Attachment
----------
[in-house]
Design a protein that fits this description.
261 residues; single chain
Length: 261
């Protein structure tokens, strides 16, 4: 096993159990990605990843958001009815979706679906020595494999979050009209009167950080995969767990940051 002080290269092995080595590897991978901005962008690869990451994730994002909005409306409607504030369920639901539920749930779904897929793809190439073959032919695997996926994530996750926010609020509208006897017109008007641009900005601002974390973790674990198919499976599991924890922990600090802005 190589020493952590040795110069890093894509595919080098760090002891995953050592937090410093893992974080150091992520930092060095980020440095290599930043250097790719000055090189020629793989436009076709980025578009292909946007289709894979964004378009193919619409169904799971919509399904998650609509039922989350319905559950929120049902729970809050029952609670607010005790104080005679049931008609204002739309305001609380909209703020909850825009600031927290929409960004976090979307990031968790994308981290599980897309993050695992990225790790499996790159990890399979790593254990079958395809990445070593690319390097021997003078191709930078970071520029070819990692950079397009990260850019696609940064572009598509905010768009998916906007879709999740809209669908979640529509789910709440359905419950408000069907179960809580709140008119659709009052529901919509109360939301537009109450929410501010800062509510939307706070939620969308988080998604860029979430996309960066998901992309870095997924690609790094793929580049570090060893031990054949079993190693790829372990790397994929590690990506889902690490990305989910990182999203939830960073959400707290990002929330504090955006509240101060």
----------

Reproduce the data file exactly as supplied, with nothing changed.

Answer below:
[in-house]
Design a protein that fits this description.
261 residues; single chain
Length: 261
């Protein structure tokens, strides 16, 4: 096993159990990605990843958001009815979706679906020595494999979050009209009167950080995969767990940051 002080290269092995080595590897991978901005962008690869990451994730994002909005409306409607504030369920639901539920749930779904897929793809190439073959032919695997996926994530996750926010609020509208006897017109008007641009900005601002974390973790674990198919499976599991924890922990600090802005 190589020493952590040795110069890093894509595919080098760090002891995953050592937090410093893992974080150091992520930092060095980020440095290599930043250097790719000055090189020629793989436009076709980025578009292909946007289709894979964004378009193919619409169904799971919509399904998650609509039922989350319905559950929120049902729970809050029952609670607010005790104080005679049931008609204002739309305001609380909209703020909850825009600031927290929409960004976090979307990031968790994308981290599980897309993050695992990225790790499996790159990890399979790593254990079958395809990445070593690319390097021997003078191709930078970071520029070819990692950079397009990260850019696609940064572009598509905010768009998916906007879709999740809209669908979640529509789910709440359905419950408000069907179960809580709140008119659709009052529901919509109360939301537009109450929410501010800062509510939307706070939620969308988080998604860029979430996309960066998901992309870095997924690609790094793929580049570090060893031990054949079993190693790829372990790397994929590690990506889902690490990305989910990182999203939830960073959400707290990002929330504090955006509240101060």